Rose has done that so far, leading all playoff scorers at nearly 29 points per game.

So it was no surprise the Most Valuable Team Player took care of the ball in the second half and the Bulls took care of the Miami Heat in an unexpected blowout that ended with 22,000 fans chanting "overrated "-- and presumably not at Juwan Howard and Eddie House.

Rose scored 28 points, added six assists and committed zero turnovers in the second half. But despite those gaudy numbers, it's accepted that he wasn't Sunday's MVP. That was either the Tom Thibodeau-inspired team defense, the 19-6 edge in offensive rebounds that led to 31 second-chance points, or the energetic play of the self-styled "Bench Mob."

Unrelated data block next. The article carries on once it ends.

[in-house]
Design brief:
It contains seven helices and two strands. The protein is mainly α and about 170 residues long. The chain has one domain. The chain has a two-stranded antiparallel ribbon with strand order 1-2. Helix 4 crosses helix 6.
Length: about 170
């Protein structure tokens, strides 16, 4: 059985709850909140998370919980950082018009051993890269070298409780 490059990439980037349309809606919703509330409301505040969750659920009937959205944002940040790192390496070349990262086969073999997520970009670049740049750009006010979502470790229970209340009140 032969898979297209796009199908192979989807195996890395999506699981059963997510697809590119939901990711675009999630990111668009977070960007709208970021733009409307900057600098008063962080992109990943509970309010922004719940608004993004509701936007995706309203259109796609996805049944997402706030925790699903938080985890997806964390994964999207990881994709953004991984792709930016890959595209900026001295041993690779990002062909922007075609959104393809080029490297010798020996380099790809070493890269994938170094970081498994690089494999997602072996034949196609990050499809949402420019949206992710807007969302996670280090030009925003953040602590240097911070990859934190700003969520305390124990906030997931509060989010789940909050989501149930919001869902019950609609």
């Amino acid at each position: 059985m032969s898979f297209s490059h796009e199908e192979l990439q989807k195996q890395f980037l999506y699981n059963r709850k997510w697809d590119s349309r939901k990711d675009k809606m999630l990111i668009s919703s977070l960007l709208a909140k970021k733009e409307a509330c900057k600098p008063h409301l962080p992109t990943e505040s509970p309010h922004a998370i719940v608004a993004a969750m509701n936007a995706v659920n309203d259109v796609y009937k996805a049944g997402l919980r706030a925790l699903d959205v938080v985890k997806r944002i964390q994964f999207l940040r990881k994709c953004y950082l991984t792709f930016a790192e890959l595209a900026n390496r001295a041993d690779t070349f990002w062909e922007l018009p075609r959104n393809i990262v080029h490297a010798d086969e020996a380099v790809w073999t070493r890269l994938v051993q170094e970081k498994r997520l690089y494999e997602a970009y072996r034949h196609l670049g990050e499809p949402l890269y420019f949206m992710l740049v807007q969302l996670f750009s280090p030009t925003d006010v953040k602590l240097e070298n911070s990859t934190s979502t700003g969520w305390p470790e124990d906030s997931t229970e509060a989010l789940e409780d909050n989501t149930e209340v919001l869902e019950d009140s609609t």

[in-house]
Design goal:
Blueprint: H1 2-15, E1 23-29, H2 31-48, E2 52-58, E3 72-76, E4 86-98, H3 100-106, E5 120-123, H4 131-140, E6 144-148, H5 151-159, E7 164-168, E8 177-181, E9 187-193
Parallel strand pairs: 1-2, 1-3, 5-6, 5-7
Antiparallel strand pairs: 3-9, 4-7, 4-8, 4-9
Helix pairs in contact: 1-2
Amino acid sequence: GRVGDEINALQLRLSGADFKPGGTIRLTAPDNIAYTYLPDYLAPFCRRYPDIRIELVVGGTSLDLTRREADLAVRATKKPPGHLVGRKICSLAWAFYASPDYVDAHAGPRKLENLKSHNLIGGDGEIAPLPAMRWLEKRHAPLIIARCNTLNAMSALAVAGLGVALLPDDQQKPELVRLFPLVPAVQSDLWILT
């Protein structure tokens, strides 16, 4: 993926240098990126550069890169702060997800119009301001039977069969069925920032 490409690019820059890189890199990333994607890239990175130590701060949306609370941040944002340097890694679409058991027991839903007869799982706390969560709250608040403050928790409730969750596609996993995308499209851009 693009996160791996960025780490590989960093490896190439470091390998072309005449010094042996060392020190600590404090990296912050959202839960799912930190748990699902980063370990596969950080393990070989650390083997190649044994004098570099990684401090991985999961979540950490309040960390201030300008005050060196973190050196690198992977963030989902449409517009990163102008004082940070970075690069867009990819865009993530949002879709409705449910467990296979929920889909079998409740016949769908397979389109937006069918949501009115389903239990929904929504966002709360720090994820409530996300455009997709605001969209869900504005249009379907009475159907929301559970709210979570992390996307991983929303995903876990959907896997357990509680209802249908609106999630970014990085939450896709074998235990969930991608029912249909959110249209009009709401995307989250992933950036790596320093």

For once, the Human Highlight Embedded Video didn't have the biggest play of the night. That went to Taj Gibson for his two-handed posterization of Dwyane Wade in the second quarter.

But this is a superstars league, and playing against a team built solely on that philosophy, the team-first Rose continues to be the lede of the story and leader on -- and off -- the floor.

For Miami's big three, Chris Bosh opened some eyes with a very efficient 30-point game, but for once, seemingly, his teammates didn't step up. LeBron James went 5-for-15 and scored 15 points, and Dwyane Wade did only slightly better, going 7-for-17 for 18 points.

While James and Wade struggled against the Bulls' team defense that denied them penetration for much of the game, Rose hit the big shots and had a steadying effect on his team as it took a confidence-infusing 1-0 lead in this much-awaited series pitting 99 percent of the basketball-watching world against Miami.